To physicians and other healthcare practitioners:
Your perinatal patient may not be disclosing the extent to which she is suffering.
In addition to using the Edinburgh Postnatal Depression Scale (EPDS) or any other validated depression screen – (and regardless of what she scores, or how she looks/appears) –
If you are not asking these questions of each pregnant and postpartum patient, you do not know how she is feeling.
- Is there anything on the screening (EPDS) you completed that you would like to discuss further?
- Are you having thoughts that are scaring you?
- Are you able to sleep when the baby sleeps?
- Are you able to rest/relax when your baby is being cared for and monitored by someone else?
- Are you worried about the way you are feeling or thinking?
- Has anyone talked to you about postpartum depression and anxiety?
- Do you feel you have adequate support at home?
- Do you have a list of local resources for mental health professionals who are specially trained to understand and treat all perinatal mood and anxiety disorders?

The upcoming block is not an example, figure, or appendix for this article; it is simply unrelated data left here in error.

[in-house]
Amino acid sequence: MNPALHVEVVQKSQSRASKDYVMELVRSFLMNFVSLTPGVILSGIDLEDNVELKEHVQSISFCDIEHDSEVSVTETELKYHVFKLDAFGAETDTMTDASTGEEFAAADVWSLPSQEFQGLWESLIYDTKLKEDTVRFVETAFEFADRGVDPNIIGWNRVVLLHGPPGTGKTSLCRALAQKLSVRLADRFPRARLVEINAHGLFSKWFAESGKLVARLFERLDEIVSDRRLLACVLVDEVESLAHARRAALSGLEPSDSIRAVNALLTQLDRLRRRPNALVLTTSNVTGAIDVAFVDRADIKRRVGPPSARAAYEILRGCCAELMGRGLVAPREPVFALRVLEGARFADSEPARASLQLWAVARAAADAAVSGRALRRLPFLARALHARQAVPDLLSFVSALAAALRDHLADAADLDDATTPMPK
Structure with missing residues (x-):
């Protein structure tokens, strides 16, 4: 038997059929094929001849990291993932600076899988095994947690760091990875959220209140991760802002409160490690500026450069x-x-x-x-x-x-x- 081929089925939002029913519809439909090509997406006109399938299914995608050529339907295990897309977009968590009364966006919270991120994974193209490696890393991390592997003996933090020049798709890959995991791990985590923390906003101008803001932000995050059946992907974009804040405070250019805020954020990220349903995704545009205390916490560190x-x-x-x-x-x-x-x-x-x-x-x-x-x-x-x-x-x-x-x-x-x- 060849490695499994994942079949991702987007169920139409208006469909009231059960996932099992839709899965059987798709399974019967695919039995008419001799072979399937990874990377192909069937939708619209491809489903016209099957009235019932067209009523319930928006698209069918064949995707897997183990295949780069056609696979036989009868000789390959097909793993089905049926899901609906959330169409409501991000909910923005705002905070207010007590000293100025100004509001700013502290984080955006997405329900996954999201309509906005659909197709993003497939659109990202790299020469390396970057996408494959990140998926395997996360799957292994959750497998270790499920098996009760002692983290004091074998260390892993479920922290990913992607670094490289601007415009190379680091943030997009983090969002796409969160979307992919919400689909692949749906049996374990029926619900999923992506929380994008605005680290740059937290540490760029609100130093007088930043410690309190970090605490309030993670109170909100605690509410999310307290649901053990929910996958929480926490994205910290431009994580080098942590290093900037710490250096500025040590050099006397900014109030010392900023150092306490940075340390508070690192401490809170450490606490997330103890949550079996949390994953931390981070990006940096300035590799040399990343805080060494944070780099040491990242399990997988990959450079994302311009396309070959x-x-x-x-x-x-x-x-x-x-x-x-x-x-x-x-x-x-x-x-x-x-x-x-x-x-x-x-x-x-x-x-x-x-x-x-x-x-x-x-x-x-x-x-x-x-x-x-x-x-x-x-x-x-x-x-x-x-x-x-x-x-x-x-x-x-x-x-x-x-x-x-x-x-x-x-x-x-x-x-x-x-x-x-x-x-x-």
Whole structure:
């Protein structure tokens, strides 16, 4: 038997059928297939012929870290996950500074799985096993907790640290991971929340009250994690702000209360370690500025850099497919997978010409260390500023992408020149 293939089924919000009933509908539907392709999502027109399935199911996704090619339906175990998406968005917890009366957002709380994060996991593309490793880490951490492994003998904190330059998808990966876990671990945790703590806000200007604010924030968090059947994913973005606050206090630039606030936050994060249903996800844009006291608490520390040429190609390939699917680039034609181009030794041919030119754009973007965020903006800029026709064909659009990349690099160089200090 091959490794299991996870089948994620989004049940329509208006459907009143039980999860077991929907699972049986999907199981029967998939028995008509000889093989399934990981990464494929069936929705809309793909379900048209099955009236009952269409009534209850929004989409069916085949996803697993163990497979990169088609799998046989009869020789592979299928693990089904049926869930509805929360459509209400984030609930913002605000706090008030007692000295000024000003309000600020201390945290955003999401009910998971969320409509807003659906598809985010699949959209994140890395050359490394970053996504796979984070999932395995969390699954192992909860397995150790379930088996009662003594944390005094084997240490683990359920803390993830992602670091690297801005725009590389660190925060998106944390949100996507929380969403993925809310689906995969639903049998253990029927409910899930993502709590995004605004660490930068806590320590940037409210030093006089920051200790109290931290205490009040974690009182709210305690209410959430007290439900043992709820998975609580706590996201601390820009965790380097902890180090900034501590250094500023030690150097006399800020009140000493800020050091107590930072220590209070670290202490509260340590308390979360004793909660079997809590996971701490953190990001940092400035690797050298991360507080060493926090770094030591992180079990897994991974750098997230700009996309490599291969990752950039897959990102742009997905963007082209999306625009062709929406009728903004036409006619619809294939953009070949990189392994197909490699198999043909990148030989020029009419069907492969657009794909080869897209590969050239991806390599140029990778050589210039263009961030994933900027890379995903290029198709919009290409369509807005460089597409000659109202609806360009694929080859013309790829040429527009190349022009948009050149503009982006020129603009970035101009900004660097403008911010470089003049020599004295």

- Is there anything else you would like to tell me about the way you are feeling or the thoughts you are having?
Tips for professional and family support:
- 1 out of 7 women experience a perinatal mood and anxiety disorder
- Do not assume that if she looks good, she is fine.
- Do not assume if she says she is “fine” that she is fine. Ask again.
- Do not tell her it’s normal to feel this way after having a baby.
- Do not assume this will get better on its own.
- Do encourage her to get a comprehensive evaluation.
- Do take her concerns seriously.
- Do let her know you are there if she needs you.
- Do talk about postpartum depression and anxiety.
- Do provide list of local resources.